Not sure I agree with Anthony McGowan when he says, “Some of these books appeal to me, as an adult, because they are not teenage books at all.”
He seems to be discounting the possibility that teenage or YA fiction is capable of also satisfying an adult reader.
Just because I, an adult, enjoy reading a particular YA novel, doesn’t make it any less YA.
I’m currently reading RADIO SILENCE by Alice Oseman, a novel deeply embedded in teen experience and culture. It’s very clearly not a book that would have been suited to a publisher’s adult fiction list, but that doesn’t prevent it being a good adult as well as a good teen read.
So what’s the problem? Well, I’d contend that at least some of these books appeal to me, as an adult, because they are not teenage books at all. They are adult fiction. The themes, the style, often even the characters belong in the world of adult literature. It is just some quirk of publishing that has left them washed up on the YA shore. For example, Mal Peet’s masterpiece, Life: An Exploded Diagram, was simply the best novel I read in 2011. It should have been up for the Booker prize. It was published as YA because Mal had always been published as YA.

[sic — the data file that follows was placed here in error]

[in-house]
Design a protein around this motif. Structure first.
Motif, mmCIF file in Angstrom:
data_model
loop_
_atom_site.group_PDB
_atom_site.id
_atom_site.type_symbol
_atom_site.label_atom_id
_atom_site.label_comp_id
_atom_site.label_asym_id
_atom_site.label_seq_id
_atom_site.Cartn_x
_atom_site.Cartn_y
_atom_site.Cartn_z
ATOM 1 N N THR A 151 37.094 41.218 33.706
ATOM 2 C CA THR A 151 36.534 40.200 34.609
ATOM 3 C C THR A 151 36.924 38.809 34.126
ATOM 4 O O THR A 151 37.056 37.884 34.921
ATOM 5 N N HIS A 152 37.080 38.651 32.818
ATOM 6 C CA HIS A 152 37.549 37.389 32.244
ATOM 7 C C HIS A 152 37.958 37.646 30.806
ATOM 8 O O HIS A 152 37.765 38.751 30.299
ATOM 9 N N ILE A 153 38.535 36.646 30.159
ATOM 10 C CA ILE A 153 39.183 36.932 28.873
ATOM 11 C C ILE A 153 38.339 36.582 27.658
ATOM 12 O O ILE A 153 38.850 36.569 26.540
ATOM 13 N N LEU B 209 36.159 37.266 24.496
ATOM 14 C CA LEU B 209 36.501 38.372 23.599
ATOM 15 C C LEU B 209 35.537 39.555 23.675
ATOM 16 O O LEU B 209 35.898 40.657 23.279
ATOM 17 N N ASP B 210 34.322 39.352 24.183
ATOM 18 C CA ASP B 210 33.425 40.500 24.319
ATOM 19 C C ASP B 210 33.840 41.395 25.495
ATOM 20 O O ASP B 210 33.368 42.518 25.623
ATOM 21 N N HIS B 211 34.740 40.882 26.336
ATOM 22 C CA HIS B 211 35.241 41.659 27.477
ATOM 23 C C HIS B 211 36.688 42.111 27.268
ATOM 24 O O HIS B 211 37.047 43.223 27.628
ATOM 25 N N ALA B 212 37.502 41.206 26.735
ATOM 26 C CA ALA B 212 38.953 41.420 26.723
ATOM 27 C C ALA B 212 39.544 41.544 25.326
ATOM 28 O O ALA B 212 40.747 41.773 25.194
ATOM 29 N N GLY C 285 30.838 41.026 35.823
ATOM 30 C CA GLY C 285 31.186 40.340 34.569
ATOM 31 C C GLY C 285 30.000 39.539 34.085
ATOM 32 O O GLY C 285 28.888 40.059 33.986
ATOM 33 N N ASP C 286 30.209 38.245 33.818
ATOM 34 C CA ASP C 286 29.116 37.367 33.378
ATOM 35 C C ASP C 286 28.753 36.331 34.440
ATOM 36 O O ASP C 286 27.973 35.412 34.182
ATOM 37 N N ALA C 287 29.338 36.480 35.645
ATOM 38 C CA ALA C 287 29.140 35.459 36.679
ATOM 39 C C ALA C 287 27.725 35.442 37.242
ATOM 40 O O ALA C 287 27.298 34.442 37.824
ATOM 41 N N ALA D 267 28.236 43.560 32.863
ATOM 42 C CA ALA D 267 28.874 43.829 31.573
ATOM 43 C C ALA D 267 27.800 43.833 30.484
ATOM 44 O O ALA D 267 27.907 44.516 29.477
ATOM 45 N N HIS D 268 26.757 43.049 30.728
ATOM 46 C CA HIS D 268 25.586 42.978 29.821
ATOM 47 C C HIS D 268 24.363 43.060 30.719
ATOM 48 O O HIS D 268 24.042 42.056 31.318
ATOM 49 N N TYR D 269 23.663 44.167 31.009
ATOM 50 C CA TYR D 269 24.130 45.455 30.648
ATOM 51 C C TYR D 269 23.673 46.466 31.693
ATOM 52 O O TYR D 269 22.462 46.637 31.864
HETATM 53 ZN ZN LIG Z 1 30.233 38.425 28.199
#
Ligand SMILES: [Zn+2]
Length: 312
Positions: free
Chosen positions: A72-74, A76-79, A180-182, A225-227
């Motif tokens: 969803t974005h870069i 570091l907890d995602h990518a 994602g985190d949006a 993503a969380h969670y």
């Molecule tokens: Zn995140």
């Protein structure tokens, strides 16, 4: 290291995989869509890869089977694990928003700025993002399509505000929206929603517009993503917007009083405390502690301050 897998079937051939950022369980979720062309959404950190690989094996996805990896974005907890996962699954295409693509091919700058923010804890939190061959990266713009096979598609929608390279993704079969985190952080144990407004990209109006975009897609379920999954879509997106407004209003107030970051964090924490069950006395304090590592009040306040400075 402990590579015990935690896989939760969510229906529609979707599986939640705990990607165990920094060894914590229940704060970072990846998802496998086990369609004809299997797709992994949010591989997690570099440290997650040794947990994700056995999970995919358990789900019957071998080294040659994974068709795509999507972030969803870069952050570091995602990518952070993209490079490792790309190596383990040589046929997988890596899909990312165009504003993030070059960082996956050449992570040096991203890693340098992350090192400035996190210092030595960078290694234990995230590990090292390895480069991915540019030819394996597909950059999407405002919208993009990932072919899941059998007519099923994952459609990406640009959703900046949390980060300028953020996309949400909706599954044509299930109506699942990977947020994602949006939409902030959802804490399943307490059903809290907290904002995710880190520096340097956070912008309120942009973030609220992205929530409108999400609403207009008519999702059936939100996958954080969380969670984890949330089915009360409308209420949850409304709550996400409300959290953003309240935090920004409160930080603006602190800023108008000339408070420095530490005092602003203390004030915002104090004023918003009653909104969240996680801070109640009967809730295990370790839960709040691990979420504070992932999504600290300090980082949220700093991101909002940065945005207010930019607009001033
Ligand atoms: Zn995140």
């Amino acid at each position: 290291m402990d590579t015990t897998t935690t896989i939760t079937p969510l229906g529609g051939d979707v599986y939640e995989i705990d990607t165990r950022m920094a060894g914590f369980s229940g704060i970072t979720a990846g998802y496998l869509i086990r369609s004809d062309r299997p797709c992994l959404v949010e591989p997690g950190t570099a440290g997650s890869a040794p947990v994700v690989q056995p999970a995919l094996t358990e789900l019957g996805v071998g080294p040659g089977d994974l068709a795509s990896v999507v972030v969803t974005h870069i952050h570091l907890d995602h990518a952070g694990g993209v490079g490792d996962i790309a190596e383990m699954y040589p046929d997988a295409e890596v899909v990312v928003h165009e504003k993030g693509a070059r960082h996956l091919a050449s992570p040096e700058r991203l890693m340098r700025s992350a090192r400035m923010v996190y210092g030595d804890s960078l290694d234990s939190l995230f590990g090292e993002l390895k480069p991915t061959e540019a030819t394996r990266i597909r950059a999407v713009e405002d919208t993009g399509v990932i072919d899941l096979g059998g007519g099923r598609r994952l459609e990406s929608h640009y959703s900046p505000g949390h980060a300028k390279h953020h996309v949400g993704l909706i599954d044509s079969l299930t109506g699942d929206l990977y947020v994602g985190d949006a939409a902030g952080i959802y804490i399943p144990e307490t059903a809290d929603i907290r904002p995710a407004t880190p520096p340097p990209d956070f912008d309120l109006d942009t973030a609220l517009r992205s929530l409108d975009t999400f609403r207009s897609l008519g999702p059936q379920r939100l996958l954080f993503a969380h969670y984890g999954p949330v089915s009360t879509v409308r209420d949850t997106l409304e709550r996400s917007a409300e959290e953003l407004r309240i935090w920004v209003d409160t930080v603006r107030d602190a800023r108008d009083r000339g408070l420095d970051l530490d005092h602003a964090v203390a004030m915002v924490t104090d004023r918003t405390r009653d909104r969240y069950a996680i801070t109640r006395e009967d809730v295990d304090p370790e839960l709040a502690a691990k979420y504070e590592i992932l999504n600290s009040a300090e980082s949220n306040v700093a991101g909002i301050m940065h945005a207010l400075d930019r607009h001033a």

Alongside these many fine novels there is plenty of dross. As with most areas of publishing, YA follows the 90% rule. And much YA is a lazy, disheartening mush of false problems, fake solutions, idealised romance, second-rate fantasy, tired dystopias. Easy to read; easy to forget.
But my main concern isn’t with quality. For me, the problem is that a huge amount of theoretically teenage publishing is churning out books that simply aren’t for teenagers at all. And that must mean, given the finite opportunities for new books, that “real” teenage books aren’t getting published.